On the flip side, you can see that most hashtags I use are still relevant – but are bigger, more general terms like #fitness, #workout, etc. I think for the most part, people use hashtags to look for broader content. Think more inspirational and aspirational, rather than trying to find the exact thing that meets something they’re looking for at that moment.
But, don’t ignore people that are searching for the specific content too via hashtags – hence why you also see #treadmillworkout and #hiit listed.
Choose hashtags based on these three criteria.
When choosing hashtags, consider:
1. Relevance – Does the hashtag match what your pin is all about? If so, good! If not, go with another.
2. Evergreen vs. Timely – Ideally, you’d include mostly evergreen hashtags with some timely hashtags, but this doesn’t always apply to every pin. In the treadmill workout example above, timely hashtags don’t really apply. On the flip side, if I was posting a healthy apple cake recipe, I’d likely use something like #fallrecipes as a timely hashtag.
3. Hashtag volume – When you are crafting a description within Pinterest, it will actually auto populate hashtag recommendations for you. As part of this, it includes the total number of pins for that particular hashtag. Here’s an example:
I recommend choosing hashtags across a range of volumes.
It’s likely that more people will be searching for and exploring the high-volume hashtags, so you want to be sure to include some of them. But you don’t only include those. Because they’re high volume – aka a lot of bloggers are using them – the chronological feed will move fairly quickly, making it likely that your content will move down in the search results fairly quickly.
Instead, be sure to throw in some moderate and smaller volume keywords as well. These may not have as many people looking for them, but it’s more likely that your content will be seen by those who do.
You can use a maximum of 20 hashtags…
…But I don’t recommend using all 20 because it can look spammy. Instead, go with 4-10 relevant hashtags.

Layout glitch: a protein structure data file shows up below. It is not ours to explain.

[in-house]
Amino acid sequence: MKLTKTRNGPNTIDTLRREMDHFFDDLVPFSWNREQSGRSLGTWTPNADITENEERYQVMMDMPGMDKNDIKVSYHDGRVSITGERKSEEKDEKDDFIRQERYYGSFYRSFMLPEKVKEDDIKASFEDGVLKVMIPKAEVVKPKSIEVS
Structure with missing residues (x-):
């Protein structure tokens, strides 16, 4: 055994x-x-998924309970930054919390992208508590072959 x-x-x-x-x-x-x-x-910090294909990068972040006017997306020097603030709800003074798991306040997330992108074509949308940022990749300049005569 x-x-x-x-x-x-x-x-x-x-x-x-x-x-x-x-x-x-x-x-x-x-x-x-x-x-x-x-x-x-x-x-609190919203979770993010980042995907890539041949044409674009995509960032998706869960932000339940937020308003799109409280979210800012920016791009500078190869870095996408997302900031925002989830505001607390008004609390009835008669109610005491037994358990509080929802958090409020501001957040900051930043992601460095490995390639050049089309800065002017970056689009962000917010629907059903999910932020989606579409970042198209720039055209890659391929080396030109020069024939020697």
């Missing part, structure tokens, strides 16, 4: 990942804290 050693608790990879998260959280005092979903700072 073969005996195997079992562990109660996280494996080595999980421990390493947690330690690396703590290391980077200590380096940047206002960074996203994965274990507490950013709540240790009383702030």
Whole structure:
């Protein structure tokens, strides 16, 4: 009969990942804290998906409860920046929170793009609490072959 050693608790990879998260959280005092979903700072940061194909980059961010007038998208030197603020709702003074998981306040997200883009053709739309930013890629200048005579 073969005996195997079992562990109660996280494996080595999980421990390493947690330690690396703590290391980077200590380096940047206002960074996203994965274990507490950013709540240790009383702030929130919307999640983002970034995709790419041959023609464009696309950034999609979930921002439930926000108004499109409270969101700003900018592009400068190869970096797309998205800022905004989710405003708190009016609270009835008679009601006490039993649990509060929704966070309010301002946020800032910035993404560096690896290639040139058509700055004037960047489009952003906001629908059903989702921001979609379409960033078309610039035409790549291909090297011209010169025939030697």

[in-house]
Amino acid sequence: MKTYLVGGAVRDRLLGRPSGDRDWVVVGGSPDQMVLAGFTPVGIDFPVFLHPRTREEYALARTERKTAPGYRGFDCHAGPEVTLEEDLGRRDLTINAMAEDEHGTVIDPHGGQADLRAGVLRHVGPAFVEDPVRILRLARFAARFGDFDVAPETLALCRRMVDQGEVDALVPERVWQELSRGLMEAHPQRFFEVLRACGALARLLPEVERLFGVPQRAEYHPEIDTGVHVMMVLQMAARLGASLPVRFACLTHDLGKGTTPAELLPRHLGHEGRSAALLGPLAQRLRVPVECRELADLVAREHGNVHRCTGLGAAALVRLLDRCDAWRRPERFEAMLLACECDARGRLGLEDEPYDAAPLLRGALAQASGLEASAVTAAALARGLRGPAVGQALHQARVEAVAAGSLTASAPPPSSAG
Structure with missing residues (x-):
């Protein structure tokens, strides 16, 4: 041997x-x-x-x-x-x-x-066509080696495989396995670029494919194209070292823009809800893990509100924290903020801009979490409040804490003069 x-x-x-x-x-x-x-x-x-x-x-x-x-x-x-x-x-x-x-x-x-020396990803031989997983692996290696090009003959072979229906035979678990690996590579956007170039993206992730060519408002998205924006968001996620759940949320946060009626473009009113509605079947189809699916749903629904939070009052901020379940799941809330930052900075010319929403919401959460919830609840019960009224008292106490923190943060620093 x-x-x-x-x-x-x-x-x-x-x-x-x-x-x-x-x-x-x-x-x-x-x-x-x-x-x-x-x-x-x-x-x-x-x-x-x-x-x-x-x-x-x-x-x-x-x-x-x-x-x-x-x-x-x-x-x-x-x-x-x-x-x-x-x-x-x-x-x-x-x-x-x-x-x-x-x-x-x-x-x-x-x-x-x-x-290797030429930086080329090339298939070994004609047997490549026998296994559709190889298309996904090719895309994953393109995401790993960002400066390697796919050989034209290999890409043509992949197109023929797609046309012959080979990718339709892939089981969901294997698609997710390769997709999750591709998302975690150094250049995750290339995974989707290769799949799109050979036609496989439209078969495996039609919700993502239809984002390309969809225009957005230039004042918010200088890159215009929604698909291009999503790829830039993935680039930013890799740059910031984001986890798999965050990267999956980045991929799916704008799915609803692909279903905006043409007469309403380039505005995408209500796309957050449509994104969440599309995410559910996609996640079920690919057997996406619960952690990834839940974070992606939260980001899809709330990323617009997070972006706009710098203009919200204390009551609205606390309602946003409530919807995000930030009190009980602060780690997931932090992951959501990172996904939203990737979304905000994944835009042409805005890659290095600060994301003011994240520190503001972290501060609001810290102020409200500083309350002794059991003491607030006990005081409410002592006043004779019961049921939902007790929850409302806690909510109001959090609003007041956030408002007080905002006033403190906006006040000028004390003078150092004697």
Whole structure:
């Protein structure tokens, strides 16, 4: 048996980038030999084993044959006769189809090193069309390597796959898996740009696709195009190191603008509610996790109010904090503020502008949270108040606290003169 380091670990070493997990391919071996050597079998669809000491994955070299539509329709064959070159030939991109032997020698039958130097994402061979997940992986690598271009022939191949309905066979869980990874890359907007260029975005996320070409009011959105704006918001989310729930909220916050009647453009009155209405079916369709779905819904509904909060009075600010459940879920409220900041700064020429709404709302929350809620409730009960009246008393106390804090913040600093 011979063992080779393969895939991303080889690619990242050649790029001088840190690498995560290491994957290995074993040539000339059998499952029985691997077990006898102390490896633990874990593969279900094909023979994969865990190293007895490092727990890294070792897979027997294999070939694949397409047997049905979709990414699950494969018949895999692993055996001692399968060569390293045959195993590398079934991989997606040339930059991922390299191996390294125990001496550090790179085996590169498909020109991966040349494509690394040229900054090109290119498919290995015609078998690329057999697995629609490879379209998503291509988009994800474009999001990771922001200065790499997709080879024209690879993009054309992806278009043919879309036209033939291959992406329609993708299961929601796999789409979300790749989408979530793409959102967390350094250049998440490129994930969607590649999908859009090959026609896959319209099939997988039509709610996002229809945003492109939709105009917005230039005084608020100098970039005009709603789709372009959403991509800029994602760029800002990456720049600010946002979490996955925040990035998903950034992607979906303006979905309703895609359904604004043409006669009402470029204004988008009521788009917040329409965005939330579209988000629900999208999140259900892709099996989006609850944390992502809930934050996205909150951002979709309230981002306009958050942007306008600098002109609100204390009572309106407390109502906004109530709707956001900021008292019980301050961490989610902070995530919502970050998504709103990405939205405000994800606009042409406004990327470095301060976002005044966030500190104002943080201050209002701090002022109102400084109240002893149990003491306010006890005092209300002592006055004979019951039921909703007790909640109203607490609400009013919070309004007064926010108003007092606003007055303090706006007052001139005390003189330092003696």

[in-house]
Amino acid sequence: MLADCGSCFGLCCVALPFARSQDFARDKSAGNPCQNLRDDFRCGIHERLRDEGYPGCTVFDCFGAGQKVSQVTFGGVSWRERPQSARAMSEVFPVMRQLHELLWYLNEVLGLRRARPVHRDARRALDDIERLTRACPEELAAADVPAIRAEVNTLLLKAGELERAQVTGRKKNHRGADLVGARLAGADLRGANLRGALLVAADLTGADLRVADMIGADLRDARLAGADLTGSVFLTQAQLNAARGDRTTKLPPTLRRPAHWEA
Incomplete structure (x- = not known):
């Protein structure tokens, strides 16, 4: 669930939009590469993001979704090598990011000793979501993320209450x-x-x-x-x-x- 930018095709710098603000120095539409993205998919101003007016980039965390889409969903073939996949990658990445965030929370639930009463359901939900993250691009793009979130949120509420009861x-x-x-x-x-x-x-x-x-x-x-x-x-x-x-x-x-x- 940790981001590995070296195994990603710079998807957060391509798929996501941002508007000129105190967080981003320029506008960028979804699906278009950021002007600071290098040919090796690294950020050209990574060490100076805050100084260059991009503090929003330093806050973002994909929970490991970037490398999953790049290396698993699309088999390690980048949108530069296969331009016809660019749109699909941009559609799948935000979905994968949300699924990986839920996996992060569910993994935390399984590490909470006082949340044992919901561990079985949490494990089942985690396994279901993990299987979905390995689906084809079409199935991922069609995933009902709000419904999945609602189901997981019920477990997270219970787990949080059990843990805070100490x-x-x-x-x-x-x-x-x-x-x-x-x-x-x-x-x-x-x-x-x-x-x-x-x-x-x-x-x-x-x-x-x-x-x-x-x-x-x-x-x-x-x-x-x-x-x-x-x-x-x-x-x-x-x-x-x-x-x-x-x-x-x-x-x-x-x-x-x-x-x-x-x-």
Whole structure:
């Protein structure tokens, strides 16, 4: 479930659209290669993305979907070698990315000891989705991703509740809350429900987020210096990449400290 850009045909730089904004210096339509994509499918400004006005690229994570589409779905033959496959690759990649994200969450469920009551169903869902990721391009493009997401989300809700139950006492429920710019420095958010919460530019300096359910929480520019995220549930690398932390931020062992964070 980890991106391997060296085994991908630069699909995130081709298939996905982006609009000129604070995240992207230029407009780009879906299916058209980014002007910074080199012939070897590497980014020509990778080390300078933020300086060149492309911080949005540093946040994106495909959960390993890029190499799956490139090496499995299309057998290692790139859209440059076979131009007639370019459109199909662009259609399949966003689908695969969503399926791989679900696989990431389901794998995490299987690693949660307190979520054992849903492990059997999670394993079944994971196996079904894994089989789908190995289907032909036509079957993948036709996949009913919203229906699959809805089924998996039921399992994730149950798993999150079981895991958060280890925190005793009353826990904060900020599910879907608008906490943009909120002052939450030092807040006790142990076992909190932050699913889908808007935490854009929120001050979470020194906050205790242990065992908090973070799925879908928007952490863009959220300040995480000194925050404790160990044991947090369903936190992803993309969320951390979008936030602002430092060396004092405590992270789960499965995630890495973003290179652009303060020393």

Hashtags only apply to new pins – so pin new content, often.
Hashtags only apply to newly pinned content. This means if you go update an old pin with hashtags and just save the updated description, nothing will happen. You won’t appear in the search results for that hashtag.
Instead, if you want to update old pins, go to your website for that older post and pin directly from your site. When you do, add hashtags to the description when you create this new pin.
Also, because of this focus on new content, this means that you want to be creating new pins quite frequently on your account. I recommend pinning at least 10-20 of your own pins per day, spread out across different boards. You can do this manually, but automating it in a program like Tailwind (referral link) makes it much easier.
Frequent pinning is tantamount to general Pinterest strategy/success as well (outside of hashtags) – so if there’s only one thing you take away from this post, let it be that!
Overview of Pinterest hashtag strategy:
Here’s all the important stuff, summed up for you nicely! –>
- Use 4-10 hashtags on your pin descriptions.
- Use relevant hashtags that include a mixture of evergreen and timely (as appropriate), as well as a mixture of high volume and lower volume.
- Pin new content often that includes hashtags.
I hope this was helpful! If you’re looking for more Pinterest tips, don’t forget to check out this post highlighting some of the recent Pinterest updates. And if you have any other questions, don’t hesitate to ask ’em in the comments.